Paleontologists have excavated and analyzed the remains of an ancient hypo ancestor in Kenya. The 28 million-year-old fossils paint a broader picture revealing the missing link between modern day hippos and the earliest ancestor who lived some 53 million years ago. As an interesting tidbit, the closest living relatives of the hippo are whales and dolphins, as revealed by previous genetic analysis.

Illustration of what’s believed to be a common ancestor to hippos. (Image: Dmitry Bogdanov/Wikimedia Commons). The animal was a bit larger than a sheep.

Many scientists believed the ancestor to hippos came from a family of extinct, semi-aquatic mammals, the  anthrocotheres, which first emerged about 40 million years ago. These beast are thought to have roamed Africa and Asia, but a hippo ancestor was never found. This all changed after Fabrice Lihoreau, a paleontologist at the University of Montpellier in France, found an intriguing jaw from an anthrocothere while shifting through fossil records  at the Nairobi Museum in Kenya . The jaw was tracked down to the Turkana Basin, a region of Kenya famous for fossils from the Cretaceous Period to the present day, including those of ancient Homo erectus and Neanderthals. Near the area where the fossil was uncovered, previous explorations returned with  fossils of crocodiles and other aquatic animals from about 28 million years ago. Lihoreau was intrigued and soon found himself in the Turkana Basin, eventually reaching a place called  Lokone Hill. Here, where the rock was softer, the researchers  several teeth from a new anthrocothere species, including molars and incisors.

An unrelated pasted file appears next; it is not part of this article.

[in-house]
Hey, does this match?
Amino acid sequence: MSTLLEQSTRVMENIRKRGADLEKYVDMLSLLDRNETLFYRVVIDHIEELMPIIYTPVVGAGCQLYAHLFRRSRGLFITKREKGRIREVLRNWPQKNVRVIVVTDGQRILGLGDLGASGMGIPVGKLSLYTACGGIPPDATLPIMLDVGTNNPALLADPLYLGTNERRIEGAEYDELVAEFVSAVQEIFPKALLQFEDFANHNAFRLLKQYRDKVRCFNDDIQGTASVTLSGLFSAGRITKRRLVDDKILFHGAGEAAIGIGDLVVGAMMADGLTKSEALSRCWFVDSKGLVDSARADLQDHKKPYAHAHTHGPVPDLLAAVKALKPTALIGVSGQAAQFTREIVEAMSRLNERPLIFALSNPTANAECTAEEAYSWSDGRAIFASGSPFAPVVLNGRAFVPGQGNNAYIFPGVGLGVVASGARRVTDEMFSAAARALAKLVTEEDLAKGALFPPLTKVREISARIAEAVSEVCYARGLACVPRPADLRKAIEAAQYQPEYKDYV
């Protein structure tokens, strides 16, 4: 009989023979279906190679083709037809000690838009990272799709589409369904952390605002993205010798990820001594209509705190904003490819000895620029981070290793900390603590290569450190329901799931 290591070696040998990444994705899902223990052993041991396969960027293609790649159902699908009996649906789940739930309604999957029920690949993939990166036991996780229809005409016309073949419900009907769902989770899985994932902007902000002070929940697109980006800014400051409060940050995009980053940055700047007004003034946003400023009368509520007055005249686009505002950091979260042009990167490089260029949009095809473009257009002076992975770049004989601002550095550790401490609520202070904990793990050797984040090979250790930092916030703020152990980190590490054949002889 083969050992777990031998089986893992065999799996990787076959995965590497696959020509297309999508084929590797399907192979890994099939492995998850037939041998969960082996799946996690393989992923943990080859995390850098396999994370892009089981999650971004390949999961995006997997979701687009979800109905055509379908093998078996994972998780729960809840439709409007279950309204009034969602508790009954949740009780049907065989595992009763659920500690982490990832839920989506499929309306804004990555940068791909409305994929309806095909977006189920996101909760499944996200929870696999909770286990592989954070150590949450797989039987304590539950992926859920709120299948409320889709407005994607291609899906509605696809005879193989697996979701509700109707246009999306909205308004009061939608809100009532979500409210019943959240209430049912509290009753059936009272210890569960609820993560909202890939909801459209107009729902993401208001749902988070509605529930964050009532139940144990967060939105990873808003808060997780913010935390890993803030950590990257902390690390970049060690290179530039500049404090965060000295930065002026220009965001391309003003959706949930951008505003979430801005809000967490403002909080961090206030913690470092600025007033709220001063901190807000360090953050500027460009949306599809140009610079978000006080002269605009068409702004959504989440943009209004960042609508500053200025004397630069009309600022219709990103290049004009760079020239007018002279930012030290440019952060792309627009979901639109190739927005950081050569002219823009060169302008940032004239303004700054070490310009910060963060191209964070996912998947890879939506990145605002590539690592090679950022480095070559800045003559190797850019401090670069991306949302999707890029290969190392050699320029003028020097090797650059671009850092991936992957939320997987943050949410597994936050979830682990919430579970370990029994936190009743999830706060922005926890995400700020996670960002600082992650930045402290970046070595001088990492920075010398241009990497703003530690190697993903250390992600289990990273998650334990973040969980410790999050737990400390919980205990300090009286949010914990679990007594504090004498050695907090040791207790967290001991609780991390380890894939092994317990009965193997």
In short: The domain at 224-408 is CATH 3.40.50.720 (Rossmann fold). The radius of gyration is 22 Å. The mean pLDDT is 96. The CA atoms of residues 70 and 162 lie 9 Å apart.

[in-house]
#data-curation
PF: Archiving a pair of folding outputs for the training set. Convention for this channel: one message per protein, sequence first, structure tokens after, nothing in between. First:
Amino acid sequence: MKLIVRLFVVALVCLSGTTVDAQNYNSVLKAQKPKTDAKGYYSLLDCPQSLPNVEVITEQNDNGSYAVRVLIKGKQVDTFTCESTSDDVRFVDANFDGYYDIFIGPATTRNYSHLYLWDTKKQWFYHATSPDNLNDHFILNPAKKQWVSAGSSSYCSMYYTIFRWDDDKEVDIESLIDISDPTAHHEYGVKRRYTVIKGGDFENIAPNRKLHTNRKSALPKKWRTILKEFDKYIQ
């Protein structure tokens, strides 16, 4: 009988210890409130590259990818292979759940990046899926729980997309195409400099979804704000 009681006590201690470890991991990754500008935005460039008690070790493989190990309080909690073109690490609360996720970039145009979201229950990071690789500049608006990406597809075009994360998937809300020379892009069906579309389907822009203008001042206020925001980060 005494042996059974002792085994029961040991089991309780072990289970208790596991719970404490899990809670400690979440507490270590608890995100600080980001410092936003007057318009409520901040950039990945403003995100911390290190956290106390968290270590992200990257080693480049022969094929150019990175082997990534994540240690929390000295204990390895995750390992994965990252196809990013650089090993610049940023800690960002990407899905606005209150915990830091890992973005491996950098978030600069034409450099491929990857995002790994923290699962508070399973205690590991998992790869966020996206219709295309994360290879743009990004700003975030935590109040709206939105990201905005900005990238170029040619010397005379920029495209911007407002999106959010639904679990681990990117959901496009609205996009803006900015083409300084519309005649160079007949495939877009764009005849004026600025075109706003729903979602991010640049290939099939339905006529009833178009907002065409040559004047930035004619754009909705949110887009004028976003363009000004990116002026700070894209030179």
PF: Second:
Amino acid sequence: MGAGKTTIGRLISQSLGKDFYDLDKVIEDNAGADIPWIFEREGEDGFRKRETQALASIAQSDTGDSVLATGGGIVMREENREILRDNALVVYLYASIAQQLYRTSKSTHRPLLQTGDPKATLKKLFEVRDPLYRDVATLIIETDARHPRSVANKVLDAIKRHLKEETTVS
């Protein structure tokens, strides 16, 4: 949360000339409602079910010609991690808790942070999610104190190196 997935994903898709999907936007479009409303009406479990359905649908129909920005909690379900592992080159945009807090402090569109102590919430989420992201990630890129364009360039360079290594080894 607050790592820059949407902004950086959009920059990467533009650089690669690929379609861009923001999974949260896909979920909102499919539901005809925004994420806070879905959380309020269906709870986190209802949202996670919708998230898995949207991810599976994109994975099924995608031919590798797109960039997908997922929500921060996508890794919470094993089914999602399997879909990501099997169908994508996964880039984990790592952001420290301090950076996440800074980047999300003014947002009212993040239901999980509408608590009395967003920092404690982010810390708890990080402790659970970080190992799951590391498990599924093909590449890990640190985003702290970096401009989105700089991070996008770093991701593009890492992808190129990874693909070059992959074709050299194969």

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Of all small fossils, dental fragments are likely the most useful since a lot of information can be inferred simply by studying patterns and shapes. Similar to teeth in modern-day hippos, the molars showed a distinctive three-leaf pattern that looks a bit like a maple leaf. This means that the new species, which they named Epirigenys lokonensis, was a direct ancestor of modern day hippos. According to the analysis, this hippo forefather  migrated from Asia to Africa about 35 million years ago. In that time, Africa was an island, surrounded by water. This makes Epirigenys lokonensis and earlier relatives some of the first big mammals that colonized Africa.

“When you do a safari, you want to see a lion and you want to see an antelope, but these animals come from Asia ” Lihoreau said. “They are not really African mammals. This is really an African mammal.”

If the average modern hippo can weigh up to two tonnes, the same can’t be said about its 35 million-year-old ancestor. Lihoreau said it can be compared to an overgrown sheep in size. “They are slender hippos, very thin hippos,” he said. Findings appeared in the journal Nature Communications.